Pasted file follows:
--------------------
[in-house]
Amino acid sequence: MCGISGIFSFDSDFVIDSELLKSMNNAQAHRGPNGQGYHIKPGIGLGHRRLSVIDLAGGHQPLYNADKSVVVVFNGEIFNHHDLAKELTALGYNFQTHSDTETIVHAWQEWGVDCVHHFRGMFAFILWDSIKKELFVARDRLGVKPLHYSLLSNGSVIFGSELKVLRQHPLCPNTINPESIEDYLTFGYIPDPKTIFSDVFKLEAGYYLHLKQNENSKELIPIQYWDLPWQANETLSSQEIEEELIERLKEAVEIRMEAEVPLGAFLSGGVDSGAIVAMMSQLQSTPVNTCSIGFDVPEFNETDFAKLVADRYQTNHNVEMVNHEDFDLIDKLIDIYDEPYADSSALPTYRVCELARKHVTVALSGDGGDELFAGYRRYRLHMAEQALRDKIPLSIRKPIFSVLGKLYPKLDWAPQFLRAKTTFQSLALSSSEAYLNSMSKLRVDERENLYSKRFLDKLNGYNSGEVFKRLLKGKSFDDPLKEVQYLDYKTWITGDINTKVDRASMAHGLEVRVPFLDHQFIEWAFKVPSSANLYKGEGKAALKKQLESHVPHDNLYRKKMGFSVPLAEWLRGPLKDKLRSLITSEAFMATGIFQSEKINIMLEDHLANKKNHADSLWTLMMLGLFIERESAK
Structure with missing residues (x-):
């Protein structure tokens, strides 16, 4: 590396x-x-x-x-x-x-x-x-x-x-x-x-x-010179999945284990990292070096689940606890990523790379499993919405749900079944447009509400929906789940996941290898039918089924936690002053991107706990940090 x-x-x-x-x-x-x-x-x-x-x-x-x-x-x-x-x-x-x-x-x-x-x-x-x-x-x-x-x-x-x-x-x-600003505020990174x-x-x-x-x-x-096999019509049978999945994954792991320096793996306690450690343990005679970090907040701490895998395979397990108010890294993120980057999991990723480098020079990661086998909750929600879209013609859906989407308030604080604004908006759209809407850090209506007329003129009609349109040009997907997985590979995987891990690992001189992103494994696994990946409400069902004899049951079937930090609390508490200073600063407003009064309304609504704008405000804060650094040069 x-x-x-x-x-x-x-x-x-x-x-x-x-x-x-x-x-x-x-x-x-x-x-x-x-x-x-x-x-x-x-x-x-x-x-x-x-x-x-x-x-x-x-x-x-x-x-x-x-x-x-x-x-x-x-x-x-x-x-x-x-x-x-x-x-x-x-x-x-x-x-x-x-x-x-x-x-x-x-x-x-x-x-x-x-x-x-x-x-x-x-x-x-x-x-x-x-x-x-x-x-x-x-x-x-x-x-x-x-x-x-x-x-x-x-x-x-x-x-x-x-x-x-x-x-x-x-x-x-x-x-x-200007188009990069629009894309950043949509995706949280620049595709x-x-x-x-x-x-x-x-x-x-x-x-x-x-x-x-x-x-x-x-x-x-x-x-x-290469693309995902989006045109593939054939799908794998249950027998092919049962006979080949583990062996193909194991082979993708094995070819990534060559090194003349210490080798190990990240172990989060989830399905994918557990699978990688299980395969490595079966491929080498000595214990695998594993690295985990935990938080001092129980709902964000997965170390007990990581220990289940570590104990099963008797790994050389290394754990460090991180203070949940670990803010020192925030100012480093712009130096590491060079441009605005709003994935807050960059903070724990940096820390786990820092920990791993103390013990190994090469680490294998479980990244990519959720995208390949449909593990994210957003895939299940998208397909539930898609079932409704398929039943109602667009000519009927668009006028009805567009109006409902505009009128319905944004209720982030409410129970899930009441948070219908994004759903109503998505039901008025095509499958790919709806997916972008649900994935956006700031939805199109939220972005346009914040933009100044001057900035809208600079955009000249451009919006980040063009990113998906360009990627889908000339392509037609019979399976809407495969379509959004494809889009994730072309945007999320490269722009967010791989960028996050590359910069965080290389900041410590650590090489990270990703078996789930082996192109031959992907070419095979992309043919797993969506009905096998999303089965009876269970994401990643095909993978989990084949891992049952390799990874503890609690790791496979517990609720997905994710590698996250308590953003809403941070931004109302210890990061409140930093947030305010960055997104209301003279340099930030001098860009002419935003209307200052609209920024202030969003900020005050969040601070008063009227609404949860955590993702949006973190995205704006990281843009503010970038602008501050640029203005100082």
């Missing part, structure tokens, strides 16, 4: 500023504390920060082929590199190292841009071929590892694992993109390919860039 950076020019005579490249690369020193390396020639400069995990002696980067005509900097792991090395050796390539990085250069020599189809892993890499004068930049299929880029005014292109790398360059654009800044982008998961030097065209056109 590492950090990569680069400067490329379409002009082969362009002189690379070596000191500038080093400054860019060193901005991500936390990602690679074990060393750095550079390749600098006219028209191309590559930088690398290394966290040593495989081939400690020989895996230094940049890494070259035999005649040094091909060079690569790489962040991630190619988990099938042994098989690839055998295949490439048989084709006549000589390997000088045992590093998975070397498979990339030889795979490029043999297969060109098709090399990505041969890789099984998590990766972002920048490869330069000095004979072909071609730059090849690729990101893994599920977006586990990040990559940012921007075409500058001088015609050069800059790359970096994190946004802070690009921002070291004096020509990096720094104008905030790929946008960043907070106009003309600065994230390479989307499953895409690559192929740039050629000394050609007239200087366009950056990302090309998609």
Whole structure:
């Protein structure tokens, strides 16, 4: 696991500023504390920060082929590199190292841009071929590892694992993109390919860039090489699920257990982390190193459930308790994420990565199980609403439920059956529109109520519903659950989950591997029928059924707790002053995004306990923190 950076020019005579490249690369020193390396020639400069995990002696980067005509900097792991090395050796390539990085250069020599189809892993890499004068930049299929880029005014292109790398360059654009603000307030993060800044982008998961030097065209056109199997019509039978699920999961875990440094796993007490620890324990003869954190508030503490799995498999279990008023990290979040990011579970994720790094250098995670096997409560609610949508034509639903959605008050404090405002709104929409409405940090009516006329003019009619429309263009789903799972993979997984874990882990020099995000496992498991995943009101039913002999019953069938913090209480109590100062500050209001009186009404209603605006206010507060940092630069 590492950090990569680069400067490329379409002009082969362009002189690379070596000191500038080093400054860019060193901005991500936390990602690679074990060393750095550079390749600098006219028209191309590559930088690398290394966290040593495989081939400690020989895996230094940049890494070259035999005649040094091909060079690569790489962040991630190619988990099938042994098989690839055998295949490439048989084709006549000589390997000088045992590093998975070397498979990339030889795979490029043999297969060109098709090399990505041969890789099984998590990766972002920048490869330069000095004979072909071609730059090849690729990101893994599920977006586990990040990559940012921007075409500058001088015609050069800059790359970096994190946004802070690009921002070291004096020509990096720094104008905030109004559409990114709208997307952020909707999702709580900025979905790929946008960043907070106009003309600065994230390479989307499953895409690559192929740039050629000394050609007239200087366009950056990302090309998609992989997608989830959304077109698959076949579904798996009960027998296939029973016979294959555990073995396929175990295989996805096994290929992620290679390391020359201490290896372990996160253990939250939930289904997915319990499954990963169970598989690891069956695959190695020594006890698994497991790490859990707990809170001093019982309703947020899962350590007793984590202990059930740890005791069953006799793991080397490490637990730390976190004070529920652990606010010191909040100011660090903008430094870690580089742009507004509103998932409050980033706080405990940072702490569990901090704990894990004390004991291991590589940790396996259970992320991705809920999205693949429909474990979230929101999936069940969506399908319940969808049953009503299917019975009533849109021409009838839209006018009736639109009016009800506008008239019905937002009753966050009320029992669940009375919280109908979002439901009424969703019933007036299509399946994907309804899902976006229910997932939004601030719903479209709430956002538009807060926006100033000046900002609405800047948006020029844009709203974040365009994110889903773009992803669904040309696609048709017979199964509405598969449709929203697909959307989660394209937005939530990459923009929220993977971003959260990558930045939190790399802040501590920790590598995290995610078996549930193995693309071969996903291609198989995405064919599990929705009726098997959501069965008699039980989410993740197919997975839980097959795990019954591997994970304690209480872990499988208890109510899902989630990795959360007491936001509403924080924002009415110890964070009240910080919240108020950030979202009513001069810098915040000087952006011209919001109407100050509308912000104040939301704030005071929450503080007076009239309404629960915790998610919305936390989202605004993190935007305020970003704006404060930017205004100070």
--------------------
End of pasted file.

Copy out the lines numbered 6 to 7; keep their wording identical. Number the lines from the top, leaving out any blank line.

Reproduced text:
Whole structure:
């Protein structure tokens, strides 16, 4: 696991500023504390920060082929590199190292841009071929590892694992993109390919860039090489699920257990982390190193459930308790994420990565199980609403439920059956529109109520519903659950989950591997029928059924707790002053995004306990923190 950076020019005579490249690369020193390396020639400069995990002696980067005509900097792991090395050796390539990085250069020599189809892993890499004068930049299929880029005014292109790398360059654009603000307030993060800044982008998961030097065209056109199997019509039978699920999961875990440094796993007490620890324990003869954190508030503490799995498999279990008023990290979040990011579970994720790094250098995670096997409560609610949508034509639903959605008050404090405002709104929409409405940090009516006329003019009619429309263009789903799972993979997984874990882990020099995000496992498991995943009101039913002999019953069938913090209480109590100062500050209001009186009404209603605006206010507060940092630069 590492950090990569680069400067490329379409002009082969362009002189690379070596000191500038080093400054860019060193901005991500936390990602690679074990060393750095550079390749600098006219028209191309590559930088690398290394966290040593495989081939400690020989895996230094940049890494070259035999005649040094091909060079690569790489962040991630190619988990099938042994098989690839055998295949490439048989084709006549000589390997000088045992590093998975070397498979990339030889795979490029043999297969060109098709090399990505041969890789099984998590990766972002920048490869330069000095004979072909071609730059090849690729990101893994599920977006586990990040990559940012921007075409500058001088015609050069800059790359970096994190946004802070690009921002070291004096020509990096720094104008905030109004559409990114709208997307952020909707999702709580900025979905790929946008960043907070106009003309600065994230390479989307499953895409690559192929740039050629000394050609007239200087366009950056990302090309998609992989997608989830959304077109698959076949579904798996009960027998296939029973016979294959555990073995396929175990295989996805096994290929992620290679390391020359201490290896372990996160253990939250939930289904997915319990499954990963169970598989690891069956695959190695020594006890698994497991790490859990707990809170001093019982309703947020899962350590007793984590202990059930740890005791069953006799793991080397490490637990730390976190004070529920652990606010010191909040100011660090903008430094870690580089742009507004509103998932409050980033706080405990940072702490569990901090704990894990004390004991291991590589940790396996259970992320991705809920999205693949429909474990979230929101999936069940969506399908319940969808049953009503299917019975009533849109021409009838839209006018009736639109009016009800506008008239019905937002009753966050009320029992669940009375919280109908979002439901009424969703019933007036299509399946994907309804899902976006229910997932939004601030719903479209709430956002538009807060926006100033000046900002609405800047948006020029844009709203974040365009994110889903773009992803669904040309696609048709017979199964509405598969449709929203697909959307989660394209937005939530990459923009929220993977971003959260990558930045939190790399802040501590920790590598995290995610078996549930193995693309071969996903291609198989995405064919599990929705009726098997959501069965008699039980989410993740197919997975839980097959795990019954591997994970304690209480872990499988208890109510899902989630990795959360007491936001509403924080924002009415110890964070009240910080919240108020950030979202009513001069810098915040000087952006011209919001109407100050509308912000104040939301704030005071929450503080007076009239309404629960915790998610919305936390989202605004993190935007305020970003704006404060930017205004100070």